Let us put by some hour of every day for holy things...

I will not doubt, though all my ships at sea
Come drifting home with broken masts and sails.
I will believe the Hand which never fails,
From seeming evil, worketh good for me.
And though I weep because those sails are tattered,
Still will I cry, while my best hopes lie shattered:
I trust in Thee.
--Ann Kimmel

Although the fig tree shall not blossom, neither shall fruit be in the vines, the labor of the olive shall fail and the fields shall yield no meat, the flock shall be cut off from the fold and there shall be no herd in the stalls, yet I will rejoice in the Lord, I will joy in the God of my salvation. Habakkuk 3:17-18

Saturday, April 30, 2016

She Thought It Was An Ordinary Blog Post, But Then She Read THIS!

I have so got to start punching up my intros. Like those ubiquitous facebook posts that try to lure you in with some dramatic and enticing hook, and then the accompanying article turns out to be some silly, predictable thing that wasn't worth the time it took to wait for it to load up.

Maybe I could imitate them and get more viewers. What do you think?

"She slaved all afternoon over a hot stove, and then this happened!" (It was called to her attention that the salt shaker needed refilling.)

"The gardener bent over to pull out a weed, and was stunned to discover these lurking beneath a shrub!"  (A pair of soggy gardening gloves accidentally left outside overnight.)

"The little girl reached up to whisper a secret in her grandmother's ear. Imagine the horror this loving grandma experienced when she heard the childish, lisping words reveal a shocking truth!" ('Grandma, the cat threw up on your bed.')

You get my drift. Now let me try it for real.

The vintage-obsessed "wannabe" artiste labored carefully in her spare time for a couple of weeks to revive a favored tacky mid-century craft. The project was nearly completed when, to her utter frustration and dismay, she encountered an obstacle that stopped her dead in her tracks!  


Vintage gravel art poodle picture made from a kit during the 1960's.

Remember the gravel art kits of the 1960's and early 1970's? These once popular, inexpensive craft sets composed of a pre-printed design on sturdy particle board, rat tail cord for outlining, glue, trim, and colored aquarium gravel were quite a fad among the mid- twentieth-century handcraft crowd, and nostalgic baby boomers are avidly seeking them out, making these iconic pop art pieces very desirable in today's vintage market. So much so, in fact, that one nostalgic collector decided to try and create new vintage-inspired gravel art pieces for herself.

Accordingly, she prepared her board with a rough copy of an actual vintage gravel art picture, painstakingly clipped, curved, and glued the cord into place, anticipating the exciting, final step of applying the colored aquarium gravel. It was only then that she discovered a seemingly insurmountable problem:


Once again, for those of you who haven't already seen it. This is my living room wall. (My mother would be appalled.)

Okay, enough of the imitation facebook blather. Here's the scoop with way less drama. 

I had some very ugly, balding gravel art pictures that weren't worth keeping. So I decided to reclaim the boards and frames with fresh paint and burlap, and make new pictures out of them. It sounded feasible enough (well, feasible enough to someone like myself who delights in dubious mid-century endeavors in the first place) and so I sketched out a vague copy of my genuine vintage gravel picture poodle I showed you above (it hangs in my bathroom) and began.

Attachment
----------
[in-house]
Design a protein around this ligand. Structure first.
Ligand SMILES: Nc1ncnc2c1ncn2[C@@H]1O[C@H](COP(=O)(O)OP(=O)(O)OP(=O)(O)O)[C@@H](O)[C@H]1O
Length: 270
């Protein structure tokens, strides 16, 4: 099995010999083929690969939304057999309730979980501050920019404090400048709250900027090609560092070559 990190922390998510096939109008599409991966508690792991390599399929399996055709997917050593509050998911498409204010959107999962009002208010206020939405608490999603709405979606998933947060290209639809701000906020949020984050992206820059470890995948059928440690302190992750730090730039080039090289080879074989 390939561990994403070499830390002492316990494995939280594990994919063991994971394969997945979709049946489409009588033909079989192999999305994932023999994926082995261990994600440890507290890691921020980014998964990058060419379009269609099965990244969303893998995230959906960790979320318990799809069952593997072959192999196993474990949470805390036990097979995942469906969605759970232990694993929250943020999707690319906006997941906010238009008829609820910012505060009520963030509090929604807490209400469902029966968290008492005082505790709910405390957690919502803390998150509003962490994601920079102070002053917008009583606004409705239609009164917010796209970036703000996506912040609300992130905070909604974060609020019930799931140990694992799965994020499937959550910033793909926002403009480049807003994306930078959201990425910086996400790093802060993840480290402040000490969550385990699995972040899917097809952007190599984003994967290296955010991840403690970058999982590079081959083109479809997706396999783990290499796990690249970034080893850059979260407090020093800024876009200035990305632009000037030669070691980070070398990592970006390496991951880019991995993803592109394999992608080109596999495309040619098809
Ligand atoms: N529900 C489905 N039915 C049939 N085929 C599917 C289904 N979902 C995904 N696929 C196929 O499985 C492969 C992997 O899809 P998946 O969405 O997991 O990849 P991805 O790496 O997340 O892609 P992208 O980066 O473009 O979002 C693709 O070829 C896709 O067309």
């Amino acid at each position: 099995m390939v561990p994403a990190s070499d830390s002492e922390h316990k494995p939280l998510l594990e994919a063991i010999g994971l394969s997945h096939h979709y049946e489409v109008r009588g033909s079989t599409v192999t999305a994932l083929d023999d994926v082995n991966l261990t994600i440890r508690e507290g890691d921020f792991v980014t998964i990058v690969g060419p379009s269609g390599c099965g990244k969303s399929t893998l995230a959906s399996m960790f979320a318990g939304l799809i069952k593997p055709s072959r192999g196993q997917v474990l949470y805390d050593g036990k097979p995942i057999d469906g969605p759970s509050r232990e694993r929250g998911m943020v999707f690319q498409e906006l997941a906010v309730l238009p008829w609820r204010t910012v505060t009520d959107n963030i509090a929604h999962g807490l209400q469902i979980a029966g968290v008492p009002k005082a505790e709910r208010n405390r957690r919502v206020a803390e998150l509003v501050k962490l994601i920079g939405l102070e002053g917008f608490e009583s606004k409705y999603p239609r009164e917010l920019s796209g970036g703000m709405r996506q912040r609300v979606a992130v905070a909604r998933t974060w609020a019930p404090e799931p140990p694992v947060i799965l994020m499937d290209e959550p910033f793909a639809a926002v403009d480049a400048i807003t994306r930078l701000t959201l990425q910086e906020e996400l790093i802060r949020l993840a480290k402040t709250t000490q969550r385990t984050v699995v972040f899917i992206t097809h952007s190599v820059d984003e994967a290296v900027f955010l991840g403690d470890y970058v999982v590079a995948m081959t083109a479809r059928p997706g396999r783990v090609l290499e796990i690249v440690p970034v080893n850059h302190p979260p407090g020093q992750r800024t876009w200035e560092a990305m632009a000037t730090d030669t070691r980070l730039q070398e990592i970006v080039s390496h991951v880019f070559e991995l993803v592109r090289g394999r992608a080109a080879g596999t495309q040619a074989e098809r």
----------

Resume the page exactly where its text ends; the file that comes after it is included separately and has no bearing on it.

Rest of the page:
My version of the original.

But making a gravel art picture isn't something you can do all in one fell swoop; each little section has to be measured and pinned or weighted in place while it dries, so this was going on over several days. It seemed practical to me to work on a second picture as well, so one could be drying while I fiddled with the other. 

So I cast about for another idea for a design. I wanted something simple and cute. Then I remembered this little handmade felt and sequin Christmas ornament I'd fished out of a garage sale free box at some point:

Cute little "free box" find. It's two pieces of felt glued together, with sequins and embroidery on both sides.

This provided the inspiration for my second gravel picture:

This one was more fun than the poodle because of the added velveteen fabric, faux jewels, and google-eyes.

BUT when I finally finished this lengthy process of preparation for the last, crucial step I had a rude awakening. It seems aquarium gravel ain't what it used to be. In the gravel-art heyday it was relatively fine-gauge stuff, and you could buy it in many terrific dyed colors. And it was cheap. It was probably hazardous to fish or hard to clean or something because now it's obsolete.

NOWADAYS aquarium gravel is made of pea-sized pebbles with a some sort of coating. It comes in a handful of relatively dismal colors and it comes in big bags that cost way more than I feel like laying out for a silly whim of a craft.

I admit I did buy some. I even attempted to crush some and see if that would work--ha! I've been playing around with sequins, beads, chenille stems, buttons...  so far, I'm just plain stuck. I can't find a single material that gives an effect I'm pleased with. I flatly refuse to  use rice, lentils, colored popcorn, or beans, like those horrors we used to make in elementary school art class. I keep scanning ebay to see if anyone is selling NOS ("new old stock") bags of vintage gravel. So far, no luck.

Anyway, there you have it. I'm open to suggestions, if anyone out there has an inspiration. Somehow I don't think the prospect of "gravel-free art pictures" are going to take the vintage-loving world by storm.

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